Notwithstanding the positive developments mentioned before, the draft law on the protection of national minorities, under consideration since the accession of Azerbaijan to the Council of Europe, has not been adopted yet. Despite some constitutional and legislative guarantees for persons belonging to national minorities, the legal and institutional framework available for the protection of persons belonging to national minorities is very limited.
The State Counsellor for National Minorities, the government structure that was in charge of national minority issues previously, is no longer operating and at present a specific department in the Presidential administration is responsible for national minority issues. However, state support to persons belonging to national minorities, including support for the activities of national minority associations, is limited. Moreover, there is no support scheme in place and no consultation of the representatives of national minorities when funds are allocated.
Persons belonging to national minorities are, reportedly, present in administrative authorities and elected bodies. However, possibilities for national minorities to effectively channel their views and concerns to the authorities are very scarce. Meetings of the Council for National Minorities have not been convened for a number of years and the Co-ordination Council of the Cultural Centres of national minorities does not play a role in decision making. There is no specific forum where persons belonging to national minorities can discuss, on a regular basis, issues of relevance for them with the authorities. There is a need to speed up efforts to set a new Council for minorities, as recently announced by the authorities.
As stated in the Advisory Committee’s opinion, under Article 4 of the Framework Convention (see paragraphs 16, 39 and 67), persons belonging to some national minorities continue to face instances of discrimination in various fields, as well as hostility, sometimes triggered by the media. However, Azerbaijan has not yet adopted a comprehensive anti-discrimination legislation and there is no case law related to discrimination on grounds of belonging to a national minority. Awareness of discrimination-related issues seems to be very limited in the law enforcement bodies as well as in the society at large. There is no monitoring of discrimination and, in general, a lack of data on the situation of persons belonging to national minorities.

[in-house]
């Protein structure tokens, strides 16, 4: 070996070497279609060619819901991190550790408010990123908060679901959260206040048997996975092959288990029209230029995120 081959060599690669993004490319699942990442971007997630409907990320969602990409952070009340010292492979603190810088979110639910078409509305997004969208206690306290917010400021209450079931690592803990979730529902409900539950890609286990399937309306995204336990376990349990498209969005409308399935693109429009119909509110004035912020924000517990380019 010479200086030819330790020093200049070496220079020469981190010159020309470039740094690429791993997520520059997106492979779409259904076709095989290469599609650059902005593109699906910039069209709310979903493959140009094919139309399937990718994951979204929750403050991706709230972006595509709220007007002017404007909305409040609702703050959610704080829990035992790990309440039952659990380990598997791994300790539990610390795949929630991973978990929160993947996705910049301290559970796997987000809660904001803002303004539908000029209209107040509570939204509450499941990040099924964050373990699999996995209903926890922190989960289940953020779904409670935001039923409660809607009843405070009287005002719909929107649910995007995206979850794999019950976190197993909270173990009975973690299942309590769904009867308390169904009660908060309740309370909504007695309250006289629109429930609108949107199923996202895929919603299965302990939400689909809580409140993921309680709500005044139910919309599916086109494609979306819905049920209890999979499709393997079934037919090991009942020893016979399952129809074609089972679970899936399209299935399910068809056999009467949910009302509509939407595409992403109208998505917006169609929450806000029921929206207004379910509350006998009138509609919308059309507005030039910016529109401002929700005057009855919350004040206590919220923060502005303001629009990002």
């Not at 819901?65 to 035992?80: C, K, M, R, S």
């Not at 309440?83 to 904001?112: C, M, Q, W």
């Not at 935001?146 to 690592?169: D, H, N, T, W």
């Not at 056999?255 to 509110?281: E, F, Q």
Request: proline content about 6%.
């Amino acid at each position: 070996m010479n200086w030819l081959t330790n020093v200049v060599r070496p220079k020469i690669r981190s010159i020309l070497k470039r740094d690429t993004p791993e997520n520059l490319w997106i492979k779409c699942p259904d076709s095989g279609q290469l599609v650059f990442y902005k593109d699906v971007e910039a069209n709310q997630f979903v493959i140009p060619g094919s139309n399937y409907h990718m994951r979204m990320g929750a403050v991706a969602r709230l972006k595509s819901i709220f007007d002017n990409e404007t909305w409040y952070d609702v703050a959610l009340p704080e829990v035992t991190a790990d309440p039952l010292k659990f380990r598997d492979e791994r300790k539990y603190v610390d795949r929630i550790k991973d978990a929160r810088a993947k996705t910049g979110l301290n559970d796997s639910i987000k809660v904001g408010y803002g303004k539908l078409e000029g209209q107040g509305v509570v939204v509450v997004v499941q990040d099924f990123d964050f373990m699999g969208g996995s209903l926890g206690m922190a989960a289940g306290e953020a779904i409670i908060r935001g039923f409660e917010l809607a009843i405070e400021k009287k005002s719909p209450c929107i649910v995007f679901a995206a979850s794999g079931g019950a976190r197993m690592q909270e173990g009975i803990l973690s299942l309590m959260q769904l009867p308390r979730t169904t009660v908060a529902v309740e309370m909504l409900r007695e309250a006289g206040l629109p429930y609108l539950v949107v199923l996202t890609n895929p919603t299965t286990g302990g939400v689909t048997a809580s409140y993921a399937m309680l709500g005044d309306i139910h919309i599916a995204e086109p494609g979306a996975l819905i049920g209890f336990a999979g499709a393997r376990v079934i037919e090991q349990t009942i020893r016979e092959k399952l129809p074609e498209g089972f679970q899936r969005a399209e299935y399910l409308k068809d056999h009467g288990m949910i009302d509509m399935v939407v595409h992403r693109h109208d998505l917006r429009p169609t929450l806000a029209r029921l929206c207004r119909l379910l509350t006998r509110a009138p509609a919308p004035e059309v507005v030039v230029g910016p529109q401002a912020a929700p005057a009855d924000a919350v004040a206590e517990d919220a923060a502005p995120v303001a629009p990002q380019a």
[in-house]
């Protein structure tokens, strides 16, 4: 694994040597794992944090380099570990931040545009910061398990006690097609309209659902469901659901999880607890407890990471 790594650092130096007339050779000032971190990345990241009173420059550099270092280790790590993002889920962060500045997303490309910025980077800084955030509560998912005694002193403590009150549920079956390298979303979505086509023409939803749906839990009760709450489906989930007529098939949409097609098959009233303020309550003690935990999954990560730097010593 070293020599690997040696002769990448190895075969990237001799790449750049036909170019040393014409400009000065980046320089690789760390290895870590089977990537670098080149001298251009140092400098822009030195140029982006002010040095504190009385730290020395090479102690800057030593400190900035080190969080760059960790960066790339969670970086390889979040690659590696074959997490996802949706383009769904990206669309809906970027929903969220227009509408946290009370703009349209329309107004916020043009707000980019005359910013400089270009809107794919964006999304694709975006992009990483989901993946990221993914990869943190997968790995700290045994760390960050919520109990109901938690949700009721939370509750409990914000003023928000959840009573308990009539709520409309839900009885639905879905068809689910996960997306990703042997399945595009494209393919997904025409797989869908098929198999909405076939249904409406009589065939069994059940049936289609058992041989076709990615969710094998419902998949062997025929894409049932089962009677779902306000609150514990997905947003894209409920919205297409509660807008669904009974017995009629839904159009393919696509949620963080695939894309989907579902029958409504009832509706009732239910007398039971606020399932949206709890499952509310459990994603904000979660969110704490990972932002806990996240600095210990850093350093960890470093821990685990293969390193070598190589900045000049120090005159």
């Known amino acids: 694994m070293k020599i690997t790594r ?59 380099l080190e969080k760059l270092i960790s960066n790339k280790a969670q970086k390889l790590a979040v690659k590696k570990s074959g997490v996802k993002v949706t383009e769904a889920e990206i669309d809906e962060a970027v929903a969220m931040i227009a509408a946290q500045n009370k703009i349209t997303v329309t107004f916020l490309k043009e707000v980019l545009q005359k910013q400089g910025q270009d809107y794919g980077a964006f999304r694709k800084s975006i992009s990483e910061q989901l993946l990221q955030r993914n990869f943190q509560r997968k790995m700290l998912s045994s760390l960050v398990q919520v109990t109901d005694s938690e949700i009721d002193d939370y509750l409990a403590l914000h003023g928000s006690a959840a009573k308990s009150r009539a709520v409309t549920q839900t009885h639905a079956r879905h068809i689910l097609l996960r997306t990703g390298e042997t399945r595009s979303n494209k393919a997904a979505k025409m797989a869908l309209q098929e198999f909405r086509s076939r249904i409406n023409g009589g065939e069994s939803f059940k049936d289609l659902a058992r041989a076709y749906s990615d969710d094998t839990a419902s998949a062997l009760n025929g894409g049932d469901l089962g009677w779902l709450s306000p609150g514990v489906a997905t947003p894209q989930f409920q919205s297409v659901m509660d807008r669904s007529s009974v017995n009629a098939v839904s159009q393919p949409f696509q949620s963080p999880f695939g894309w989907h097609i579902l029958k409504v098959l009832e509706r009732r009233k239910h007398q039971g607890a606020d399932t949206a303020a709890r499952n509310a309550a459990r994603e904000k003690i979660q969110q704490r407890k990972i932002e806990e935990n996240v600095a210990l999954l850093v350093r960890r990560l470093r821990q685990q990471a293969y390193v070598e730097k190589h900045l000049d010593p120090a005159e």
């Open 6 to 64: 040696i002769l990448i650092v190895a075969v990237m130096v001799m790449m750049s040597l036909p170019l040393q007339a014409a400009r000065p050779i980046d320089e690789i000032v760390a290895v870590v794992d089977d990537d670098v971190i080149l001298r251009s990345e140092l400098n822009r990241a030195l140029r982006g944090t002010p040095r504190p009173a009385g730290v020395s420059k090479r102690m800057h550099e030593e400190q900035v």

Serious problems persist as regards the freedom of association, freedom of expression and freedom of peaceful assembly. Reported intolerance, and sometimes harassment, faced by persons and organisations advocating minority rights, as well as by undue restrictions placed on related public gatherings, raise deep concerns.
Notwithstanding amendments to the Law on State Language, legal obstacles to broadcasting in minority languages persist in the form of a regulation of the National Council for Radio and Television of 2003, which introduced an obligation for all media outlets to broadcast for at least 75% of the time in the state language. Moreover, participation of persons belonging to national minorities in the media remains limited, despite some broadcasting in minority languages and the existence of newspapers in minority languages.
Some provisions of the Law on State Language of 2002, notably the obligation to use the state language in all services and for all signs, posters, advertisements and announcements, continue to raise serious concerns with regard to the rights enshrined in Article 10 and Article 11 of the Framework Convention. Moreover, there is no specific legislation that guarantees the possibility to use minority languages in relations with the administrative authorities in areas where the conditions mentioned in the Framework Convention are fulfilled.